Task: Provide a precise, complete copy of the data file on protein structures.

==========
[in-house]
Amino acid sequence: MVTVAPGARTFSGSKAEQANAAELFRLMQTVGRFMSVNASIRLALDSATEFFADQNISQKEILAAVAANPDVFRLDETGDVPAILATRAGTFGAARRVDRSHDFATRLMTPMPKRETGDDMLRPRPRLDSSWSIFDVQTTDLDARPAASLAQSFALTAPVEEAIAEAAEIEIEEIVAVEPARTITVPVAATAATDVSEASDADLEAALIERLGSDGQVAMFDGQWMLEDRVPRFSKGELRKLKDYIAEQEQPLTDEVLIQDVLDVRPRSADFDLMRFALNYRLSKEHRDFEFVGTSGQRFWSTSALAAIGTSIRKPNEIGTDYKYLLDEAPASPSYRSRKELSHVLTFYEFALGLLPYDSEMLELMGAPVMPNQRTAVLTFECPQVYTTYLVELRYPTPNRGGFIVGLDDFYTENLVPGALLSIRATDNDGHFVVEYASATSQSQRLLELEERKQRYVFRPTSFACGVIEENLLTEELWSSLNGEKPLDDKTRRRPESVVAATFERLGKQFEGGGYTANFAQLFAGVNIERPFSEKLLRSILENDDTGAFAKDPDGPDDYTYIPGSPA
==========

[in-house]
Amino acid sequence: MVTVAPGARTFSGSKAEQANAAELFRLMQTVGRFMSVNASIRLALDSATEFFADQNISQKEILAAVAANPDVFRLDETGDVPAILATRAGTFGAARRVDRSHDFATRLMTPMPKRETGDDMLRPRPRLDSSWSIFDVQTTDLDARPAASLAQSFALTAPVEEAIAEAAEIEIEEIVAVEPARTITVPVAATAATDVSEASDADLEAALIERLGSDGQVAMFDGQWMLEDRVPRFSKGELRKLKDYIAEQEQPLTDEVLIQDVLDVRPRSADFDLMRFALNYRLSKEHRDFEFVGTSGQRFWSTSALAAIGTSIRKPNEIGTDYKYLLDEAPASPSYRSRKELSHVLTFYEFALGLLPYDSEMLELMGAPVMPNQRTAVLTFECPQVYTTYLVELRYPTPNRGGFIVGLDDFYTENLVPGALLSIRATDNDGHFVVEYASATSQSQRLLELEERKQRYVFRPTSFACGVIEENLLTEELWSSLNGEKPLDDKTRRRPESVVAATFERLGKQFEGGGYTANFAQLFAGVNIERPFSEKLLRSILENDDTGAFAKDPDGPDDYTYIPGSPA